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Earth Grows Greener

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Posted on: Jun 6, 2003


Top image (1):

Between 1982 and 1999, the climate became warmer, wetter, and sunnier in many parts of the world. These changes increased the overall productivity of land plants by 6 percent. This map shows productivity increases during the time period in green, while decreases are shown in brown. Productivity, which is the net uptake of carbon, increased the most in tropical regions, where climate change resulted in fewer clouds and more sunlight. Credit: NASA Earth Observatory

Bottom image (2):

Nearly 20 years of satellite observations of net primary productivity reveal the seasonal and yearly cycles of Earth's vegetation. In this animation, the dominant theme is the shift in productivity (shades of green) between the Northern and Southern Hemisphere over the course of a year. Hidden within this dominant cycle are more subtle vegetation patterns: a decrease in productivity at high latitudes of the Northern Hemisphere following the eruption of Mt. Pinatubo in 1991, as well as global-scale decreases in productivity during the El Niño events of 1982-83, 1987-88, and 1997-98. Credit: NASA Earth Observatory

A NASA-Department of Energy jointly funded study concludes the Earth has been greening over the past 20 years. As climate changed, plants found it easier to grow.

The globally comprehensive, multi-discipline study appears in this week's Science magazine. The article states climate changes have provided extra doses of water, heat and sunlight in areas where one or more of those ingredients may have been lacking. Plants flourished in places where climatic conditions previously limited growth.

"Our study proposes climatic changes as the leading cause for the increases in plant growth over the last two decades, with lesser contribution from carbon dioxide fertilization and forest re-growth," said Ramakrishna Nemani, the study's lead author from the University of Montana, Missoula, Mont.

From 1980 to 2000, changes to the global environment have included two of the warmest decades in the instrumental record; three intense El Niño events in 1982-83, 1987-88 and 1997-98; changes in tropical cloudiness and monsoon dynamics; and a 9.3 percent increase in atmospheric carbon dioxide (CO2), which in turn affects man-made influences on climate. All these changes impact plant growth.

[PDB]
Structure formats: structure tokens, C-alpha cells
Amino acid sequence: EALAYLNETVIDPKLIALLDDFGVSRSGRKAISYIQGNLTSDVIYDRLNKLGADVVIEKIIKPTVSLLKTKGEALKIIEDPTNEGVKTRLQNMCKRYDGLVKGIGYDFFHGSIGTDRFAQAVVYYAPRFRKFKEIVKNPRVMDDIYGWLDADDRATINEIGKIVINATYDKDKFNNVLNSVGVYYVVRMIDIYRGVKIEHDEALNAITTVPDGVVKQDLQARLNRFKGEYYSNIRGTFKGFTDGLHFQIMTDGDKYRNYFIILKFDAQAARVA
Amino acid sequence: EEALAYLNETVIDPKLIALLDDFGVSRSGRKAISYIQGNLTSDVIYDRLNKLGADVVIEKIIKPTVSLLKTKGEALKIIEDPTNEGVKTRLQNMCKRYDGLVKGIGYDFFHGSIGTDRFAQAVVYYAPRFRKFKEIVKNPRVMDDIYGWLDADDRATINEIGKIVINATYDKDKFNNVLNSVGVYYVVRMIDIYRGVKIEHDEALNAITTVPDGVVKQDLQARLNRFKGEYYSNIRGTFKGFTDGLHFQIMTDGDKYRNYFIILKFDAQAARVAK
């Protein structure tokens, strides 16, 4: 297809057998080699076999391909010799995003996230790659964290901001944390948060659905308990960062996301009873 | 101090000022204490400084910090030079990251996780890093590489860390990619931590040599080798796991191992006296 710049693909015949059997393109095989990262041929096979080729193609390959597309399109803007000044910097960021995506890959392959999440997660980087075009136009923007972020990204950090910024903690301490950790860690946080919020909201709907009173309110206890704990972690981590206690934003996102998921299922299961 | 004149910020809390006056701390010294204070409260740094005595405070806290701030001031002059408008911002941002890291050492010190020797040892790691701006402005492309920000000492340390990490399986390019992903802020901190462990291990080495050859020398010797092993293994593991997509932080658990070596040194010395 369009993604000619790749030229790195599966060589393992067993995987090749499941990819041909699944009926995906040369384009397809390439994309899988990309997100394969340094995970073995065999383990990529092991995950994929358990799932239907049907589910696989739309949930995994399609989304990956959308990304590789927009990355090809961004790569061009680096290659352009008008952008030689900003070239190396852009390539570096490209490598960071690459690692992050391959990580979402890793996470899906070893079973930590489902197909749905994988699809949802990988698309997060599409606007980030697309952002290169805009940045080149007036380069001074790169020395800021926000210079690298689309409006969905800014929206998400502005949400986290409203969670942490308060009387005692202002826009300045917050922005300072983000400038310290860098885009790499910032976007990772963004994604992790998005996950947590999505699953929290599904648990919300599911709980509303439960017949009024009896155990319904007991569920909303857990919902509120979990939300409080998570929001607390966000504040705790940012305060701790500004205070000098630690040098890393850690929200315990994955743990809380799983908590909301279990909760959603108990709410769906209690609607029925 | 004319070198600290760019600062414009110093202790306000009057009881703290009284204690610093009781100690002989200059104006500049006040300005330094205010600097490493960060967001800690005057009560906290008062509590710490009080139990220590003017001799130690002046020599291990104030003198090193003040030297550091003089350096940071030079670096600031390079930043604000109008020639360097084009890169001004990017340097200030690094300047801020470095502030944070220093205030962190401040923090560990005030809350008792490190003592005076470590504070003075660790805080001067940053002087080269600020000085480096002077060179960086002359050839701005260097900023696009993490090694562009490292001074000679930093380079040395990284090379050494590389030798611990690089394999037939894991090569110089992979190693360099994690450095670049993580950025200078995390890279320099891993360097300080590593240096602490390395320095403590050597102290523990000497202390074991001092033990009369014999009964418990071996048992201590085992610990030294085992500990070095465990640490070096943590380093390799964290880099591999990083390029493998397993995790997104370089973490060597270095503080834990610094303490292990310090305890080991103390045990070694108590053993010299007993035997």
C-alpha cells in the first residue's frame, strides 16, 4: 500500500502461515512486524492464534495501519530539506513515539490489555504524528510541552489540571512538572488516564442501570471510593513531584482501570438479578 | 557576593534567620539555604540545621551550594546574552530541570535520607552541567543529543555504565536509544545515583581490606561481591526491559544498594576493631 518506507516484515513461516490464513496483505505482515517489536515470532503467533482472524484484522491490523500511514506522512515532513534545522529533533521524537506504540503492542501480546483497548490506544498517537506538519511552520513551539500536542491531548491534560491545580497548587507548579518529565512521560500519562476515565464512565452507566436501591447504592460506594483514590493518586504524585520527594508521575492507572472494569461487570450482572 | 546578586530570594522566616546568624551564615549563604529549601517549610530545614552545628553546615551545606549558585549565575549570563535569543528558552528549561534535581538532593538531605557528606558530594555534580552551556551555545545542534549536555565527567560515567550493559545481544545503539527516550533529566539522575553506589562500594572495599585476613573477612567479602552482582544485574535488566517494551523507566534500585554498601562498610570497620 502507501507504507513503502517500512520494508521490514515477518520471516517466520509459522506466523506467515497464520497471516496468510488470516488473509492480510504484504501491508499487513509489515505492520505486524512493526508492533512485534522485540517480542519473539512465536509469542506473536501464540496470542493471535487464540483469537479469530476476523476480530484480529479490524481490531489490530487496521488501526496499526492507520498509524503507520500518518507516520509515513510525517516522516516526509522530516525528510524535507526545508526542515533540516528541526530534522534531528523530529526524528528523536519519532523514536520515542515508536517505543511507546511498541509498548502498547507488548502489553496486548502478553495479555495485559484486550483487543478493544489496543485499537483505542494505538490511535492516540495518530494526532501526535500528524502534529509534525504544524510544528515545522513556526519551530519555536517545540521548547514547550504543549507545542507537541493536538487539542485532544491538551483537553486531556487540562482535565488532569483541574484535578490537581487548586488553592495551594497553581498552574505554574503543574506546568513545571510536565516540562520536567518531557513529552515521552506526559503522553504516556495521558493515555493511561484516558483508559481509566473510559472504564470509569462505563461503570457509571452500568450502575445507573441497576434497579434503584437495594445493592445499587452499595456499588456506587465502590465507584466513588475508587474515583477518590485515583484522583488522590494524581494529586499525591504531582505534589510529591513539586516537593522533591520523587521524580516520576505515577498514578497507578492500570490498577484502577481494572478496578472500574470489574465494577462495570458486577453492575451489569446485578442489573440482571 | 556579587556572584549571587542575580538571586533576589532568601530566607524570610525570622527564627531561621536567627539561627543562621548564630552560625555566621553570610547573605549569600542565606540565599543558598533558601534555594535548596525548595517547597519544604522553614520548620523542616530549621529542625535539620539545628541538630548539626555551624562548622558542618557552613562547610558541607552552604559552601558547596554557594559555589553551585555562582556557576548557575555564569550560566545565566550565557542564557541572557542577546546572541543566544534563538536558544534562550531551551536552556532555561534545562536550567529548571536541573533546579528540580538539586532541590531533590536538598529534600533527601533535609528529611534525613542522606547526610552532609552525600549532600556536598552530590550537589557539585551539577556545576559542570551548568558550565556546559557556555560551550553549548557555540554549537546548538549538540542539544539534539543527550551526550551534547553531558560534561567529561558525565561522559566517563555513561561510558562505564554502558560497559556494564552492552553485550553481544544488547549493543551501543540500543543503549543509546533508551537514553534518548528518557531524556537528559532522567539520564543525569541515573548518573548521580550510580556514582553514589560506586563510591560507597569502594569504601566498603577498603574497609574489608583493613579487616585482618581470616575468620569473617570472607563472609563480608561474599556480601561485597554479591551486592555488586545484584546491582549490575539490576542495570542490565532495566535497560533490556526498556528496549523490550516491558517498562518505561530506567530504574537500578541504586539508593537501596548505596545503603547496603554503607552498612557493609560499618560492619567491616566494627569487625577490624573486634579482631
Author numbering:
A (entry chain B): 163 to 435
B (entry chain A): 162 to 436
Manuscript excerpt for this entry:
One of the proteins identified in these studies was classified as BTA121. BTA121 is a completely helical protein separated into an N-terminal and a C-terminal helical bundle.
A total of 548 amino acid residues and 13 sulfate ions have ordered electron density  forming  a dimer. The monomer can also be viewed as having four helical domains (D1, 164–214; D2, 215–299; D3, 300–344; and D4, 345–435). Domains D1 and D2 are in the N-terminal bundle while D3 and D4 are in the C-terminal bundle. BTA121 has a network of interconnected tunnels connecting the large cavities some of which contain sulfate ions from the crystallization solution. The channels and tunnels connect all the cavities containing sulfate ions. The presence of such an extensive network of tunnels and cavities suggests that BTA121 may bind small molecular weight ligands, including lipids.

Earlier studies by Ranga Myneni, Boston University (BU), and Compton Tucker, NASA's Goddard Space Flight Center (GSFC), Greenbelt, Md., also co-authors of the study, reported increased growing seasons and woody biomass in northern high-latitude forests.

Another co-author, Charles Keeling, Scripps Institution of Oceanography, La Jolla, Calif., cautions no one knows whether these positive impacts are due to short-term climate cycles, or longer-term global climate changes. Also, a 36 percent increase in global population, from 4.45 billion in 1980 to 6.08 billion in 2000, overshadows the increases in plant growth.

Nemani and colleagues constructed a global map of the Net Primary Production (NPP) of plants from climate and satellite data of vegetation greenness and solar radiation absorption. NPP is the difference between the CO2 absorbed by plants during photosynthesis, and CO2 lost by plants during respiration. NPP is the foundation for food, fiber and fuel derived from plants, without which life on Earth could not exist. Humans appropriate approximately 50 percent of global NPP.

NPP globally increased on average by six percent from 1982 to 1999. Ecosystems in tropical zones and in the high latitudes of the Northern Hemisphere accounted for 80 percent of the increase. NPP increased significantly over 25 percent of the global vegetated area, but decreased over seven percent of the area; illustrating how plants respond differently depending on regional climatic conditions.

Climatic changes, over approximately the past 20 years, tended to be in the direction of easing climatic limits to plant growth. In general, in areas where temperatures restricted plant growth, it became warmer; where sunlight was needed, clouds dissipated; and where it was too dry, it rained more. In the Amazon, plant growth was limited by sun blocking cloud cover, but the skies have become less cloudy. In India, where a billion people depend on rain, the monsoon was more dependable in the 1990s than in the 1980s.

The climate data for NPP calculations came from the National Oceanic and Atmospheric Administration (NOAA) National Center for Environmental Prediction. Researchers used two independently derived 18-plus-year satellite datasets from the Advanced Very High Resolution Radiometers on NOAA satellite. The team processed and improved the data at GSFC and BU.

"Systematic observation of global vegetation is being continued by NASA's Earth observing satellites. Earth observing satellites are paving the way to find out if these biospheric responses are going to hold for the future," adds Steve Running, another co-author from the University of Montana.

NASA's Earth Science Enterprise is committed to studying the primary causes of the Earth system variability, including both natural and human-induced causes.

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News Story Origin and Copyright: NASA/GSFC
Click here for the original news release.


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